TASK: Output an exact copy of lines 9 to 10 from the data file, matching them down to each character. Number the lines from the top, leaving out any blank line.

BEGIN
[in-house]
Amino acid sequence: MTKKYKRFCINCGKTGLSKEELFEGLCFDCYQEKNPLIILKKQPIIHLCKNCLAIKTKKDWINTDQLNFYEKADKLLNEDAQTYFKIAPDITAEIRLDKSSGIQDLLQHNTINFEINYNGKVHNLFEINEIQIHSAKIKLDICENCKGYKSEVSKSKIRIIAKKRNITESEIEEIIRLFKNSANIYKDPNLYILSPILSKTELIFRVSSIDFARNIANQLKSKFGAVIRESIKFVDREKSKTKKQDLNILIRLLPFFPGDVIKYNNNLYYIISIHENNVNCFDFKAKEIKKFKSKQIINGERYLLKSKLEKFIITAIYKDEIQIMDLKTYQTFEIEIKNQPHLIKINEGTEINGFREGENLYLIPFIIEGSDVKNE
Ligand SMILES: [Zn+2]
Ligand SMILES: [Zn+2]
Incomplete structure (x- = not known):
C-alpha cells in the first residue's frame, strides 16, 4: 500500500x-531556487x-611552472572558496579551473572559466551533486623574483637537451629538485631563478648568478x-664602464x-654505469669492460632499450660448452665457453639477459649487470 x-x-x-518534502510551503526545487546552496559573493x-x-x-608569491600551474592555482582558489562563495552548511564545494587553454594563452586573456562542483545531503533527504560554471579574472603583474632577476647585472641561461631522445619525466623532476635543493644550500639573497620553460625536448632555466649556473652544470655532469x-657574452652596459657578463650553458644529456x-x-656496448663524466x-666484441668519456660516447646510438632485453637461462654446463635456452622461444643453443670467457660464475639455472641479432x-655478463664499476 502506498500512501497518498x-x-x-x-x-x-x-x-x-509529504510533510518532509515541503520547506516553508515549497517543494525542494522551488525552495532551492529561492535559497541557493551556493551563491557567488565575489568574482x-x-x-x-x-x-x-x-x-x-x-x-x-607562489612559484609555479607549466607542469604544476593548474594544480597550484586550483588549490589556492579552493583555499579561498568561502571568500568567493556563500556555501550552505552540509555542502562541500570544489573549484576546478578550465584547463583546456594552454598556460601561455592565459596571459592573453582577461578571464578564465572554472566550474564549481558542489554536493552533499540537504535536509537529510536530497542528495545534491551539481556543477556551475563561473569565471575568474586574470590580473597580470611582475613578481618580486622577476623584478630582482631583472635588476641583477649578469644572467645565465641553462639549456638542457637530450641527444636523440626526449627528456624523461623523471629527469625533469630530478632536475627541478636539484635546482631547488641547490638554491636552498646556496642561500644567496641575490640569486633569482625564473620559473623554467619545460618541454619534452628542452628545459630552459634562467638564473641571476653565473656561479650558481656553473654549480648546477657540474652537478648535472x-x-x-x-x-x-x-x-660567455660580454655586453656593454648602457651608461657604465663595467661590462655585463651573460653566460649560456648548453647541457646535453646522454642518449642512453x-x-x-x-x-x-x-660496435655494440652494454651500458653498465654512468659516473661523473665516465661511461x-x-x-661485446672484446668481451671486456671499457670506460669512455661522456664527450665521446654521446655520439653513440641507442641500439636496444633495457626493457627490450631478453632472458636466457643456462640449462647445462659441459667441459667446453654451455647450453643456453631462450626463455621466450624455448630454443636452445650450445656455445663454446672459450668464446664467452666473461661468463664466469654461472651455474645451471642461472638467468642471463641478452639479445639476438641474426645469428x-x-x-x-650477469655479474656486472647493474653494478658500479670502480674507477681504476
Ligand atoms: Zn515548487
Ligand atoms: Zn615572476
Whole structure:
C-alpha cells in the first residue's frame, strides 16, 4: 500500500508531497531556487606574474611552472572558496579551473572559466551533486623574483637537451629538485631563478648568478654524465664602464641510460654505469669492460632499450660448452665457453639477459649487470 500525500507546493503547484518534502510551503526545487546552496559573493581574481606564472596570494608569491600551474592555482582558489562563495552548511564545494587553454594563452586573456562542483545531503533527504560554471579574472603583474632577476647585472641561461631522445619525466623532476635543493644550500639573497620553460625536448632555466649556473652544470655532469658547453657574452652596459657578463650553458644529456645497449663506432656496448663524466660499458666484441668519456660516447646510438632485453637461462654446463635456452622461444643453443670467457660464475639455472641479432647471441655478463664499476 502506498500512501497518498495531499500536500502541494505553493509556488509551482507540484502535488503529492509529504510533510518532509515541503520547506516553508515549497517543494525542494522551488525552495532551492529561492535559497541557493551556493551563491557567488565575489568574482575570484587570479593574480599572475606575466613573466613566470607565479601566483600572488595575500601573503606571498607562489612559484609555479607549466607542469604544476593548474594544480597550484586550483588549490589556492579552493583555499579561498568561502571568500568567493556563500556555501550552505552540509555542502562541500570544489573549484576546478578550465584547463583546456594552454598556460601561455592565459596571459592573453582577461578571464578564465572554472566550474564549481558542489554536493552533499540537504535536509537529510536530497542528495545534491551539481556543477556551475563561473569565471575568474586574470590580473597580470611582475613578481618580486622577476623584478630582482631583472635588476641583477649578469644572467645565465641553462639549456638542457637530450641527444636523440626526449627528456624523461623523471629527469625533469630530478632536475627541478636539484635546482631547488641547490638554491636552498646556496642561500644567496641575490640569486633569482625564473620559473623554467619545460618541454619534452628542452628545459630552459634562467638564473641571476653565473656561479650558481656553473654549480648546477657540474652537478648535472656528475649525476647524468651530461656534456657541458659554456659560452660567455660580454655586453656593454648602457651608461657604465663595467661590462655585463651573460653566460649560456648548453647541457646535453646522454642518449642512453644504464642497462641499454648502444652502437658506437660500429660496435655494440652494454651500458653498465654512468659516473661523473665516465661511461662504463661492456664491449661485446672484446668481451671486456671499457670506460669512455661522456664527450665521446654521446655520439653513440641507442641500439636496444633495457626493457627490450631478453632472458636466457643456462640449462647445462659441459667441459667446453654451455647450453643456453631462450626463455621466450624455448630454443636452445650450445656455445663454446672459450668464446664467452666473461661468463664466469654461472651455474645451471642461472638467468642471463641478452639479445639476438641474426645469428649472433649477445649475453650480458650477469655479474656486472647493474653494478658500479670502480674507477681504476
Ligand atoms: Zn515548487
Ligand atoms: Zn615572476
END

Whole structure:
C-alpha cells in the first residue's frame, strides 16, 4: 500500500508531497531556487606574474611552472572558496579551473572559466551533486623574483637537451629538485631563478648568478654524465664602464641510460654505469669492460632499450660448452665457453639477459649487470 500525500507546493503547484518534502510551503526545487546552496559573493581574481606564472596570494608569491600551474592555482582558489562563495552548511564545494587553454594563452586573456562542483545531503533527504560554471579574472603583474632577476647585472641561461631522445619525466623532476635543493644550500639573497620553460625536448632555466649556473652544470655532469658547453657574452652596459657578463650553458644529456645497449663506432656496448663524466660499458666484441668519456660516447646510438632485453637461462654446463635456452622461444643453443670467457660464475639455472641479432647471441655478463664499476 502506498500512501497518498495531499500536500502541494505553493509556488509551482507540484502535488503529492509529504510533510518532509515541503520547506516553508515549497517543494525542494522551488525552495532551492529561492535559497541557493551556493551563491557567488565575489568574482575570484587570479593574480599572475606575466613573466613566470607565479601566483600572488595575500601573503606571498607562489612559484609555479607549466607542469604544476593548474594544480597550484586550483588549490589556492579552493583555499579561498568561502571568500568567493556563500556555501550552505552540509555542502562541500570544489573549484576546478578550465584547463583546456594552454598556460601561455592565459596571459592573453582577461578571464578564465572554472566550474564549481558542489554536493552533499540537504535536509537529510536530497542528495545534491551539481556543477556551475563561473569565471575568474586574470590580473597580470611582475613578481618580486622577476623584478630582482631583472635588476641583477649578469644572467645565465641553462639549456638542457637530450641527444636523440626526449627528456624523461623523471629527469625533469630530478632536475627541478636539484635546482631547488641547490638554491636552498646556496642561500644567496641575490640569486633569482625564473620559473623554467619545460618541454619534452628542452628545459630552459634562467638564473641571476653565473656561479650558481656553473654549480648546477657540474652537478648535472656528475649525476647524468651530461656534456657541458659554456659560452660567455660580454655586453656593454648602457651608461657604465663595467661590462655585463651573460653566460649560456648548453647541457646535453646522454642518449642512453644504464642497462641499454648502444652502437658506437660500429660496435655494440652494454651500458653498465654512468659516473661523473665516465661511461662504463661492456664491449661485446672484446668481451671486456671499457670506460669512455661522456664527450665521446654521446655520439653513440641507442641500439636496444633495457626493457627490450631478453632472458636466457643456462640449462647445462659441459667441459667446453654451455647450453643456453631462450626463455621466450624455448630454443636452445650450445656455445663454446672459450668464446664467452666473461661468463664466469654461472651455474645451471642461472638467468642471463641478452639479445639476438641474426645469428649472433649477445649475453650480458650477469655479474656486472647493474653494478658500479670502480674507477681504476